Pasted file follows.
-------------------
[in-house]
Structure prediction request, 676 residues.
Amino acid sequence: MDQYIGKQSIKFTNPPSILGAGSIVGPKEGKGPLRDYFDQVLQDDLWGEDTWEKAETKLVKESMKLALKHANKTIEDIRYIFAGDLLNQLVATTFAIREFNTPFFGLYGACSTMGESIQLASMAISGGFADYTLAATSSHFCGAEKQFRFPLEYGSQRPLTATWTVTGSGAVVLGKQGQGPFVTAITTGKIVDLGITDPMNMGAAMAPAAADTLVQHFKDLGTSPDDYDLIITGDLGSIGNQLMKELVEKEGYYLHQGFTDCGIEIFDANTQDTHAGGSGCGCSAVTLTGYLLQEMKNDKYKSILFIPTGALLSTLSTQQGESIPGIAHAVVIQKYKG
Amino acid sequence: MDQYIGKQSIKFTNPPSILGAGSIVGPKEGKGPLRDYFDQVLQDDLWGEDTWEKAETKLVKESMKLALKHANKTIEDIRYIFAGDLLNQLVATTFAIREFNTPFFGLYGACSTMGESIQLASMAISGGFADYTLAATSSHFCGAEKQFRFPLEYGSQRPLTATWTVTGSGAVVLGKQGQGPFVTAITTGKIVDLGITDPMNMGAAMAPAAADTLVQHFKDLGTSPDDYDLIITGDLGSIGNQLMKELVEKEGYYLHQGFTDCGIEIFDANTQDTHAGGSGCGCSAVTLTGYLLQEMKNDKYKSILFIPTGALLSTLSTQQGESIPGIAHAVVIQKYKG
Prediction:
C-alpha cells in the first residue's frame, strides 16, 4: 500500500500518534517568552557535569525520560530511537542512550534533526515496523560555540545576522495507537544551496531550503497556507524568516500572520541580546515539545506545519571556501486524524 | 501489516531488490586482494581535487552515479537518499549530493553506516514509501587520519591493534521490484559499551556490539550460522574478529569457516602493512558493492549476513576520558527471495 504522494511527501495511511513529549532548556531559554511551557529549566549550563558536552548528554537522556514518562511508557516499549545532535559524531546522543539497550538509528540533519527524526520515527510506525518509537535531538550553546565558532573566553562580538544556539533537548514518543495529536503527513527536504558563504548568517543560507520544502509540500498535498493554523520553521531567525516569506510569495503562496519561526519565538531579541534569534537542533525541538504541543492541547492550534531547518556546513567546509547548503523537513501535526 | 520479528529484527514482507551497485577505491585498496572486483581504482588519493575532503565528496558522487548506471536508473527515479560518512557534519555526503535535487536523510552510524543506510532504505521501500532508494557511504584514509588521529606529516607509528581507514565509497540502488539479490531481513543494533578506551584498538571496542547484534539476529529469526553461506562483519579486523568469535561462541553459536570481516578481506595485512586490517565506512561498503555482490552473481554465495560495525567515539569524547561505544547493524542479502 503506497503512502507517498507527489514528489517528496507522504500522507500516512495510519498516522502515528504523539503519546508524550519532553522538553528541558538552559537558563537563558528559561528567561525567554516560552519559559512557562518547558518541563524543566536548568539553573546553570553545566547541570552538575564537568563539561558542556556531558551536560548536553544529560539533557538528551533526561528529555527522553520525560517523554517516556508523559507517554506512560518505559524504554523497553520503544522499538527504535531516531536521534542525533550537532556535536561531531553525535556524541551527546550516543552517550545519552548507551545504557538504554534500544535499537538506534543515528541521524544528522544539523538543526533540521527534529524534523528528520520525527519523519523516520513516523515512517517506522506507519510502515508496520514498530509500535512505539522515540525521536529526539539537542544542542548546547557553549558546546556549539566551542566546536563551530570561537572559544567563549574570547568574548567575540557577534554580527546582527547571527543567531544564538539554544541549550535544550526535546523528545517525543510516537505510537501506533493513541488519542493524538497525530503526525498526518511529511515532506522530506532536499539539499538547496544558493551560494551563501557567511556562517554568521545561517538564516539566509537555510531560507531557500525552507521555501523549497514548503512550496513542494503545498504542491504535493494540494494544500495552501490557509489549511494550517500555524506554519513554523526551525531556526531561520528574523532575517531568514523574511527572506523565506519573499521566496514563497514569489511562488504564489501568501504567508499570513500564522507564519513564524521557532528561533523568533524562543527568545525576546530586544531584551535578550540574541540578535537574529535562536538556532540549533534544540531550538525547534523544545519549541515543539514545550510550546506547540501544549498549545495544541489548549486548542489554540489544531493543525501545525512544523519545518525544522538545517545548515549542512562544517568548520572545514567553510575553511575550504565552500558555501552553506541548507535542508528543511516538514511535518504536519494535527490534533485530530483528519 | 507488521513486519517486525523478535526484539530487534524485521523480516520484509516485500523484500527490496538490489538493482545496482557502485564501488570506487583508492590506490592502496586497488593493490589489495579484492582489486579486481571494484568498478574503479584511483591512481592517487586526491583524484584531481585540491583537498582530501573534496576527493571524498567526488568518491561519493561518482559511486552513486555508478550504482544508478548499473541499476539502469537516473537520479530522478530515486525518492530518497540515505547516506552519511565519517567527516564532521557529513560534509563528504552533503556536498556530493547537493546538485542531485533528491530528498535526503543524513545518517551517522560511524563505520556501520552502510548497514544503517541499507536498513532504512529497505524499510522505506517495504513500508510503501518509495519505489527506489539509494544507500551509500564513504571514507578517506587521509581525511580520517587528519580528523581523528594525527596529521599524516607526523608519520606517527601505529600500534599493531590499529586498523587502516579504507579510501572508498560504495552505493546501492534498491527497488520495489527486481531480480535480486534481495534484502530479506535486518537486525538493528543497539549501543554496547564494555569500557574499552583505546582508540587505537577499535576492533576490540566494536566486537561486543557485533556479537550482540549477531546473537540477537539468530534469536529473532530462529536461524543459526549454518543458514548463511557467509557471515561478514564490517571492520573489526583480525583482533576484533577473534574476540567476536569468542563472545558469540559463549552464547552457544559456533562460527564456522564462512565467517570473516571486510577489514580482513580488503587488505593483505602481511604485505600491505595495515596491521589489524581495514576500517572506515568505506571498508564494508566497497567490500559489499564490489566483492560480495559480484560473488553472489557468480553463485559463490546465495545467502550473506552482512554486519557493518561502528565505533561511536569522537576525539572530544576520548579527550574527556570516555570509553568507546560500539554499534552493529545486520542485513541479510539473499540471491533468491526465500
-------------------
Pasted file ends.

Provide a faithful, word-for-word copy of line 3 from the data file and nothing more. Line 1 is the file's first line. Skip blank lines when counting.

Amino acid sequence: MDQYIGKQSIKFTNPPSILGAGSIVGPKEGKGPLRDYFDQVLQDDLWGEDTWEKAETKLVKESMKLALKHANKTIEDIRYIFAGDLLNQLVATTFAIREFNTPFFGLYGACSTMGESIQLASMAISGGFADYTLAATSSHFCGAEKQFRFPLEYGSQRPLTATWTVTGSGAVVLGKQGQGPFVTAITTGKIVDLGITDPMNMGAAMAPAAADTLVQHFKDLGTSPDDYDLIITGDLGSIGNQLMKELVEKEGYYLHQGFTDCGIEIFDANTQDTHAGGSGCGCSAVTLTGYLLQEMKNDKYKSILFIPTGALLSTLSTQQGESIPGIAHAVVIQKYKG